Farm Bill Withers on the Vine
Author: Kate Fitzgerald
Congress will leave Washington last week and not return until November 13 – after the election. They leave without completing a new Farm Bill, without passing an extension of the current bill, and without passing disaster assistance to the farmers hurt by this summer’s record drought and high temperatures.
It looked for a while as though the Farm Bill could be the exception to the partisan stalemate that has stymied the 113th Congress, but finally the House leadership decided not to bring the bill to the floor. Members of the House and Senate will return to their districts this week and take to the hustings, not returning to Washington, DC until November 13, after the election.
The current law will expire on September 30, and contrary to the dire warnings advocates used to try to goad lawmakers into action, it will appear to many as thought not much has changed on the morning of October 1. But several key programs for building healthy and vibrant food systems will start 2013 without funding and will officially cease to exist. Reinstating them will be a top priority when Congress returns for the “lame duck” session in November.
The lion’s share of USDA funding (about 70%) goes to the Supplemental Nutrition Assistance Program (SNAP) and it will continue to operate unchanged. SNAP is an “entitlement” program and although its rules can be modified by Farm Bills it functions independently. Its funding level responds to demand and does not need to be authorized and appropriated. (Unlike the WIC program, which must have funds appropriated to it every year.)
Most commodity programs are structured around crop planting and harvesting cycles rather than fiscal calendars, and the winter wheat harvest next spring will be the first time farmers will be directly affected by the lack of a Farm Bill. Dairy is a separate case and functions under the most complex of the farm support programs. Support through the current program dropped on September 1 and dairy farmers are being additionally squeezed by high prices for feed. Both the House and Senate farm bills include a complete restructuring of the national dairy program, and something will have to be done for those farmers before the end of the calendar year.
The largest conservation programs, the Conservation Reserve Program is a permanent program unaffected by the lapse of this Farm Bill. Since other conservation programs support longterm improvements to working lands, most of them are implemented through several-year contracts between the government and farmers, and their loss will begin to be felt when current contracts expire. However, the lack of a Farm Bill and reduced funding through appropriations will mean that there will not be funding to implement good land stewardship practices on new land this year.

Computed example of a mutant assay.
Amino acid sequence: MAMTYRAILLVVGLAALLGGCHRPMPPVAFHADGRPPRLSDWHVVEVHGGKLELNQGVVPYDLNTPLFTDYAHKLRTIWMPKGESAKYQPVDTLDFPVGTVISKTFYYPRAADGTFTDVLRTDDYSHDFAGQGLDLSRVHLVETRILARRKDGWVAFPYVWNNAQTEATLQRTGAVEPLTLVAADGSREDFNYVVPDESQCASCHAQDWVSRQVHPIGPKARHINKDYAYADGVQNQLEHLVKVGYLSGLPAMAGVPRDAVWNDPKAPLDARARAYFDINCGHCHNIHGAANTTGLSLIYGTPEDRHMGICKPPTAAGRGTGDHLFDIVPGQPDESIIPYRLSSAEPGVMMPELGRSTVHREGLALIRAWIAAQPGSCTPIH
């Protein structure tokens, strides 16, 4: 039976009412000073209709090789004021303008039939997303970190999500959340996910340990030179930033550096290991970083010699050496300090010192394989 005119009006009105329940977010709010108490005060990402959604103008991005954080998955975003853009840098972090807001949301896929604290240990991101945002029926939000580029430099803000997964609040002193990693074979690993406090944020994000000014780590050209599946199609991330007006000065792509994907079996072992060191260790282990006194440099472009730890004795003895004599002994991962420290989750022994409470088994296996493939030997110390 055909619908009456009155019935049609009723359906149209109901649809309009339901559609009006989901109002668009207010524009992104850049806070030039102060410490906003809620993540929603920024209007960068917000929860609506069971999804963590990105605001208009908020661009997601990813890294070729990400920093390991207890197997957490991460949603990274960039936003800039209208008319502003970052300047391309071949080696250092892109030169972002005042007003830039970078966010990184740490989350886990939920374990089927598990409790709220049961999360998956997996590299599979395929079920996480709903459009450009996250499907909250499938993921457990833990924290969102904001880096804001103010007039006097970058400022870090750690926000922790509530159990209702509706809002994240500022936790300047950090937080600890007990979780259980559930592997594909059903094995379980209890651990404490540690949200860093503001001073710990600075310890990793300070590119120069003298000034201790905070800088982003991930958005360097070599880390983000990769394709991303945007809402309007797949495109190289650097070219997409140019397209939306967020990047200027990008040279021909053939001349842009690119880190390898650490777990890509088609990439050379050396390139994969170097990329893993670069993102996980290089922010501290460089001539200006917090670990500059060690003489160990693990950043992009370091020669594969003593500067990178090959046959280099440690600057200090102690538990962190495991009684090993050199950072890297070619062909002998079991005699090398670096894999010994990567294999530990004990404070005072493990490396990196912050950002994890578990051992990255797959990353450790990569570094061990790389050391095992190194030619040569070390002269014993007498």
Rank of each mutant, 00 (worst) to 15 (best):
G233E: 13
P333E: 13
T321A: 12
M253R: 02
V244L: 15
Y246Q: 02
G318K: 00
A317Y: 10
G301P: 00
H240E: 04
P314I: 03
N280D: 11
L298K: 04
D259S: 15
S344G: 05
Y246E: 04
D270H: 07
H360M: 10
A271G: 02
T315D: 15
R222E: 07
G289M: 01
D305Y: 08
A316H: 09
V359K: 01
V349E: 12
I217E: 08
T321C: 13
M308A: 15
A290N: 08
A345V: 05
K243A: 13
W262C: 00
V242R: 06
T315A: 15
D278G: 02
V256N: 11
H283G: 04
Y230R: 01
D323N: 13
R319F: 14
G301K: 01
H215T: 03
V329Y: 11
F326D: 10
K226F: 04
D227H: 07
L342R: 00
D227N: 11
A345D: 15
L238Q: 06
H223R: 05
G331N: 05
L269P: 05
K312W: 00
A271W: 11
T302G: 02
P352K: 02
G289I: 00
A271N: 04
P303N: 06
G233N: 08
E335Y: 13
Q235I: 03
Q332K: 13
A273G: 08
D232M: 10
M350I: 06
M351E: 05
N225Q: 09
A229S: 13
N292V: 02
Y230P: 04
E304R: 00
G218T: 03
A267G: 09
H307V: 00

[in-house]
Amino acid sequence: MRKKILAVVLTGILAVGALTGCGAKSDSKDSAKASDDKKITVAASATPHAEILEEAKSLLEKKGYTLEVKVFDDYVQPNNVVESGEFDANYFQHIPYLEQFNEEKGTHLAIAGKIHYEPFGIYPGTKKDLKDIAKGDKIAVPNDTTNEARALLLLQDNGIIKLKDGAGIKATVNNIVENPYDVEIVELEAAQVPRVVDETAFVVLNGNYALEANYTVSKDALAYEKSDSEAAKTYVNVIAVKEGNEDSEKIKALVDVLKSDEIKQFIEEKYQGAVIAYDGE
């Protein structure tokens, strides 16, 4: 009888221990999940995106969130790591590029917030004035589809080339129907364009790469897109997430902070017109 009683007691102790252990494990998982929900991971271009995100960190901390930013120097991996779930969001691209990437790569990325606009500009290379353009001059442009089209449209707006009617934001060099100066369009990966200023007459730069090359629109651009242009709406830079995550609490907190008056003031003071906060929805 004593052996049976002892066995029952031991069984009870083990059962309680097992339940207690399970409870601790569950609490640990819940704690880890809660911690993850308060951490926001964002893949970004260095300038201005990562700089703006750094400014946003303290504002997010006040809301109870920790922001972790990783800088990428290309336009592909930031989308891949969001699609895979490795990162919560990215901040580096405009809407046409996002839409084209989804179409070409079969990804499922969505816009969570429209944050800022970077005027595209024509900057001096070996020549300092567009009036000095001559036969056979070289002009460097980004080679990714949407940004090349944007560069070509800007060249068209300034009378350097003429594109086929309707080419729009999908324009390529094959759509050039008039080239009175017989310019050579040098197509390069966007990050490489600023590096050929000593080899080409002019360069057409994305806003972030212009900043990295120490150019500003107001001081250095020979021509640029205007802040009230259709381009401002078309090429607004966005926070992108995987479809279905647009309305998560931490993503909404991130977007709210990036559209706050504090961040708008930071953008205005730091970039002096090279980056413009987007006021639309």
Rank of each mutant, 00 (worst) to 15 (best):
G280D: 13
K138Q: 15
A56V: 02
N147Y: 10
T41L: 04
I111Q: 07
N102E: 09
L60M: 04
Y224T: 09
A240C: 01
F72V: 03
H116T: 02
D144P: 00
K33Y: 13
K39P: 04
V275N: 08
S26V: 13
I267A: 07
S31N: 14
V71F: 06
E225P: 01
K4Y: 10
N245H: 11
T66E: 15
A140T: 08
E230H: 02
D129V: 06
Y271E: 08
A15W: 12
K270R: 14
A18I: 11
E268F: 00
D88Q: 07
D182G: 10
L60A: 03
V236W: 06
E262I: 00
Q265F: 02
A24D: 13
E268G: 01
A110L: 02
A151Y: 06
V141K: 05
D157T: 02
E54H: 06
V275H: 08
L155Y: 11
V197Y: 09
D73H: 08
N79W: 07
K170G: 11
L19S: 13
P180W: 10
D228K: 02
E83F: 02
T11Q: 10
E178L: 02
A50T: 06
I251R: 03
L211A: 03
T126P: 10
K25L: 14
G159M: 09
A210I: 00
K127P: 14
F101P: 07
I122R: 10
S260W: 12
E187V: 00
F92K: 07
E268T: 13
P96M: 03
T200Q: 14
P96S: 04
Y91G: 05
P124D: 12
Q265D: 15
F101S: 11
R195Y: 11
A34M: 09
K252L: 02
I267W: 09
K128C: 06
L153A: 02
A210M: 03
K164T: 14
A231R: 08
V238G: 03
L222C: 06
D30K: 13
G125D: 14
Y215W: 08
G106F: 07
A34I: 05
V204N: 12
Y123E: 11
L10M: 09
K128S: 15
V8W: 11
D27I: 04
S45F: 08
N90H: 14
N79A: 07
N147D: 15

The immediate impact of Congress’s failure to act means that several key nutrition, organic, rural development, and marketing programs that are commonly used to help build sustainable, regional food systems will officially cease to exist when their authority expires at the end of September. Although these programs account for a tiny amount of total USDA spending, they have played an outsized role in developing sustainable regional food system efforts. (Click here for a list of the programs that expire) Many of these programs are very popular (Senior Farmers Market Nutrition Program) and were reauthorized, and some, such as the Farmers Market Promotion Program were even expanded and given increased funding in both the Senate and House versions of the Farm Bill. These 37 programs will go dormant for now but can come back to life should Congress pass a bill in the lame duck session.
The Farm Bill’s progress through the House of Representatives was slowed by rifts within the GOP around how much to cut from farm and nutrition programs. Although the bill passed out of the House Agriculture Committee on a bipartisan vote, many House Republicans felt that the cuts to SNAP ($16 billion over ten years) and commodity programs ($14 billion) were not enough.
Congress will have many matters to take up when it returns to D.C. after the election, principally the so-called “fiscal cliff”, the tax issues, Medicare doctor reimbursement rates, and looming across- the- board cuts (known as sequestration) set to kick-in on January 2, 2013. There will be enormous pressure to avoid sequestration (which cuts about 8.2% from most Federal spending, including to the Defense Department) and instead pass some collection of measures that will show that Congress is serious about deficit reduction while not derailing the fragile economic recovery. Since both the Senate and House Agriculture Committee-passed Farm Bills include multi-billion dollar savings over the next ten years, they could be welcome additions to a larger budget deal.